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This is sad, if true (and it kind of rings true). As soon as I saw the reimbursement policy I got the sense that the program would be bullshit. I'd love to hear otherwise.

The program is not bullshit, it's just that the government isn't in the business of throwing money away. There a lot of legitimate startups here that have gone from an idea to a proper product with actual customers. There is, however, a lot of red tape to cut through in order to ensure that money is spent properly, that's why there's so many rules.

It would look really bad if the government of Chile was seen to be funding vacations. Unfortunately, that happens anyway. There are a bunch of people participating in the program that have done fuck all for the last six months and have little more to show for themselves than a Twitter account and some nice photos of the parties they've been to.

"it's just that the government isn't in the business of throwing money away"

In all seriousness, this is why they shouldn't be investing in startups. Early stage investing is all about "throwing away" a bunch of money and (hopefully) making even more back when a subset of your portfolio wins big. If you're micromanaging each dollar/transaction, then you're really, really doing it wrong.

You do realize that VC funds try to invest in startups that have that 1/10 chance of being a massive success. They don't wilfully throw their money at 9 crappy businesses that they don't think will succeed and really just hope for the 1 they think will do ok. It's simply a reality that you can't have 10/10 startups all succeed so they accept the odds.

Saying investing in startups is all about "throwing away" a bunch of money isn't at all accurate.

The government of Chile isn't looking for a cash return on their investment, they're interested in the long term effects of having globally oriented entrepreneurs in the country interacting with future local entrepreneurs.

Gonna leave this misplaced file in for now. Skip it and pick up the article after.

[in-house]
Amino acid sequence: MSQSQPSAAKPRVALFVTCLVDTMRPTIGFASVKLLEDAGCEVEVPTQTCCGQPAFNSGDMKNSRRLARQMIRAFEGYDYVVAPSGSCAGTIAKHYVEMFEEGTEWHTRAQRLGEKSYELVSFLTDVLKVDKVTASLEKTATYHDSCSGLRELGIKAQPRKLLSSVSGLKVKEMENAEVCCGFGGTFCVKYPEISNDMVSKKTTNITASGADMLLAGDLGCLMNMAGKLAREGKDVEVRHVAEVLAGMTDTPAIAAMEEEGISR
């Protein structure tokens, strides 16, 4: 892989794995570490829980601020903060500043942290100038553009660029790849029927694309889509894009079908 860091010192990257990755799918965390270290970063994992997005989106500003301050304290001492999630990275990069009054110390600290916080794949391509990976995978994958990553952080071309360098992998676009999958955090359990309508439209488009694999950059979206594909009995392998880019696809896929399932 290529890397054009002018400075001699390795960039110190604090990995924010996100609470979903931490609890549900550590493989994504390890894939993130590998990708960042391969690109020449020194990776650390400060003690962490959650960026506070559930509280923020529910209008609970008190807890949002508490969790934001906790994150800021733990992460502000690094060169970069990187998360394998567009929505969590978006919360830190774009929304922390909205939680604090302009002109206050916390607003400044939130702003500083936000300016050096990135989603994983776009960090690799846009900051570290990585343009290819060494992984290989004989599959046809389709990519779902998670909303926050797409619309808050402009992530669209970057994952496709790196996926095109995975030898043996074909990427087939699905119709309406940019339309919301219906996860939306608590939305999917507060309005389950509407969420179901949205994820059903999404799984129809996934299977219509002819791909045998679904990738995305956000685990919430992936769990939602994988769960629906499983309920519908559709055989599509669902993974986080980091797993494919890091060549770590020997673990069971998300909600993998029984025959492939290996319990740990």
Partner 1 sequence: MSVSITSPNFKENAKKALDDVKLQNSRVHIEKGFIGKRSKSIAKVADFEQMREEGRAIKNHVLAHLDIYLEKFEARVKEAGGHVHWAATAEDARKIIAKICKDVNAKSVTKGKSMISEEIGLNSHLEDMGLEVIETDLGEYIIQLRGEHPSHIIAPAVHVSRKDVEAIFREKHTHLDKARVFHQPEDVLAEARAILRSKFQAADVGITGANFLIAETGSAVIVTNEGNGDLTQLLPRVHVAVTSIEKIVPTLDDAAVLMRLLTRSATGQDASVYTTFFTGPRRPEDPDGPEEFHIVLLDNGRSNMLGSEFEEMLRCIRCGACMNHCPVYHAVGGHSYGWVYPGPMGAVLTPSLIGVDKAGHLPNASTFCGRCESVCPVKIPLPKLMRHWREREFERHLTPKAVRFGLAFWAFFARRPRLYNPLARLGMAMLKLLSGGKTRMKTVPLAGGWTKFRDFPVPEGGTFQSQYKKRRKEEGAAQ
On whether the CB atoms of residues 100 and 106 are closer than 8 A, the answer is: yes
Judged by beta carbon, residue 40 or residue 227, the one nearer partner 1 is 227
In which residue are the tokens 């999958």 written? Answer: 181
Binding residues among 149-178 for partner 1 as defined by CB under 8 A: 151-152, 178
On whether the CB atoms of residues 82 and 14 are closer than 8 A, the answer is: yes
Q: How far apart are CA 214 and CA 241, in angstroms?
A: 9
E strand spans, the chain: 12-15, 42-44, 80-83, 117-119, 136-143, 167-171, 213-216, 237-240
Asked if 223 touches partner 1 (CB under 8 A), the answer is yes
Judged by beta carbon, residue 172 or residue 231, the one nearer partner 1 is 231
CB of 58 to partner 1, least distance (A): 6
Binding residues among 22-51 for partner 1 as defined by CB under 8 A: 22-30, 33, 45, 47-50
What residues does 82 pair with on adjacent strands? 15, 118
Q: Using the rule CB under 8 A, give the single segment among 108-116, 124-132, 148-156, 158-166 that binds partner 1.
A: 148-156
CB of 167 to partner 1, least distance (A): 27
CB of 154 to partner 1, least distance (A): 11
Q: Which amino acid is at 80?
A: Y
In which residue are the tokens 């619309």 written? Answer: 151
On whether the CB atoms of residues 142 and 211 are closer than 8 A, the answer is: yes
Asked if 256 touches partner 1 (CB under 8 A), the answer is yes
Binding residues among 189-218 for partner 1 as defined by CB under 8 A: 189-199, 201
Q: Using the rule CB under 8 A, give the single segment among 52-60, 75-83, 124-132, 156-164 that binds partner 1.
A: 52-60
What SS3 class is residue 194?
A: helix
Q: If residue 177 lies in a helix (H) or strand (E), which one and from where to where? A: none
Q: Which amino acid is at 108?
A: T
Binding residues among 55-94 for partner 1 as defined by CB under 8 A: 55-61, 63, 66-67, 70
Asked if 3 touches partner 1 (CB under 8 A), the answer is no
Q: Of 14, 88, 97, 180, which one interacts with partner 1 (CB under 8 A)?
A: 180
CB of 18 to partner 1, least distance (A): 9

Startup Chile is fantastic. The program helped us double sales and expand our product line far in advance of what we could afford. It was a life-changing experience for my girlfriend who now wants to start her own business instead of working for someone else. And it took away a lot of the drudgery of starting up a company. We got the chance to live in a great apartment with a view of the Andes, eat well, socialize with many smart people, and even travel to places like San Pedro de Atacama to see the stars.

The recurring complaints you'll read are from people trying to spend the absolute minimum and running into problems. They are honest and thus reasonable, but without explicit numbers it is also hard to put them in perspective and judge the program. I think most participants will be very upfront in telling applicants they need to plan to spend more than 4k to take full advantage of the program. In our case we needed to submit around 7-8k in expenses to get the total 42k grant over about nine months. But if this is bullshit I would like to signup for more of it. My costs are at least 3k a month outside Chile. 1k a month is nothing. For teams of 2-3 people to complain about that given all of the advantages strikes me as lacking in perspective.

As far as the availability of funding, I know more people who have taken funding in Chile than have taken it in China where my business is ostensibly based. That said, the point of Startup Chile is not that you are promised future funding or that Chilean VCs offer great valuations (I had very little contact with them beyond some unsolicited emails). That seems to be a very American thing as with YC and TechStars. The point is that you DO NOT GIVE UP EQUITY during a period of high uncertainty while you iterate towards product-market fit. Anyone who can't raise funding on much better terms after participating probably doesn't have a very fundable business.

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